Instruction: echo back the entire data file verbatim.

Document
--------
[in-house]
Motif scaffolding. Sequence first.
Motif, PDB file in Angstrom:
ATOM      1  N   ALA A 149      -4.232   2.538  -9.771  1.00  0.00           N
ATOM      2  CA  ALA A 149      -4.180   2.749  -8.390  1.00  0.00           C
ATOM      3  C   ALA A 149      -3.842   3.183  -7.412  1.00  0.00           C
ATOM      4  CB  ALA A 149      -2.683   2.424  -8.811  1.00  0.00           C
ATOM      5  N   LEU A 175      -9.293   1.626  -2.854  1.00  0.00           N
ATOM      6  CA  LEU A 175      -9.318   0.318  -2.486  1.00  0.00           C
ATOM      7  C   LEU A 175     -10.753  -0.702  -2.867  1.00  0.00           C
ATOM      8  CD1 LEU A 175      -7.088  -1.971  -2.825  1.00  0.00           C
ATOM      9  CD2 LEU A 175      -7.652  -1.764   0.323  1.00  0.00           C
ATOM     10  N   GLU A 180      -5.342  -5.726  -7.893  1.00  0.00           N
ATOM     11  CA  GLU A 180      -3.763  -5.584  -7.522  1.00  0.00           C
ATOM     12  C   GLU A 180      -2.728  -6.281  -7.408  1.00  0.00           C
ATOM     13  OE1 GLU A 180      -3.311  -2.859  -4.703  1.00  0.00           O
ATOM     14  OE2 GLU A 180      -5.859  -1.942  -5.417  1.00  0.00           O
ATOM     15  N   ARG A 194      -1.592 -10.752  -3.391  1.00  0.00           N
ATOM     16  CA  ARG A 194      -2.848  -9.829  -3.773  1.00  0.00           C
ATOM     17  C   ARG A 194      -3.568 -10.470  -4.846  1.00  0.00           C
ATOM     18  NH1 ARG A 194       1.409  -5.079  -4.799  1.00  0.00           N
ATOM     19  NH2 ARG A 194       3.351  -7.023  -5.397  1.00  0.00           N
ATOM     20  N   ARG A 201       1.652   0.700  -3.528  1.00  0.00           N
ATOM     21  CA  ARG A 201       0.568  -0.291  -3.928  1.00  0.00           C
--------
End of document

[in-house]
Motif scaffolding. Sequence first.
Motif, PDB file in Angstrom:
ATOM      1  N   ALA A 149      -4.232   2.538  -9.771  1.00  0.00           N
ATOM      2  CA  ALA A 149      -4.180   2.749  -8.390  1.00  0.00           C
ATOM      3  C   ALA A 149      -3.842   3.183  -7.412  1.00  0.00           C
ATOM      4  CB  ALA A 149      -2.683   2.424  -8.811  1.00  0.00           C
ATOM      5  N   LEU A 175      -9.293   1.626  -2.854  1.00  0.00           N
ATOM      6  CA  LEU A 175      -9.318   0.318  -2.486  1.00  0.00           C
ATOM      7  C   LEU A 175     -10.753  -0.702  -2.867  1.00  0.00           C
ATOM      8  CD1 LEU A 175      -7.088  -1.971  -2.825  1.00  0.00           C
ATOM      9  CD2 LEU A 175      -7.652  -1.764   0.323  1.00  0.00           C
ATOM     10  N   GLU A 180      -5.342  -5.726  -7.893  1.00  0.00           N
ATOM     11  CA  GLU A 180      -3.763  -5.584  -7.522  1.00  0.00           C
ATOM     12  C   GLU A 180      -2.728  -6.281  -7.408  1.00  0.00           C
ATOM     13  OE1 GLU A 180      -3.311  -2.859  -4.703  1.00  0.00           O
ATOM     14  OE2 GLU A 180      -5.859  -1.942  -5.417  1.00  0.00           O
ATOM     15  N   ARG A 194      -1.592 -10.752  -3.391  1.00  0.00           N
ATOM     16  CA  ARG A 194      -2.848  -9.829  -3.773  1.00  0.00           C
ATOM     17  C   ARG A 194      -3.568 -10.470  -4.846  1.00  0.00           C
ATOM     18  NH1 ARG A 194       1.409  -5.079  -4.799  1.00  0.00           N
ATOM     19  NH2 ARG A 194       3.351  -7.023  -5.397  1.00  0.00           N
ATOM     20  N   ARG A 201       1.652   0.700  -3.528  1.00  0.00           N
ATOM     21  CA  ARG A 201       0.568  -0.291  -3.928  1.00  0.00           C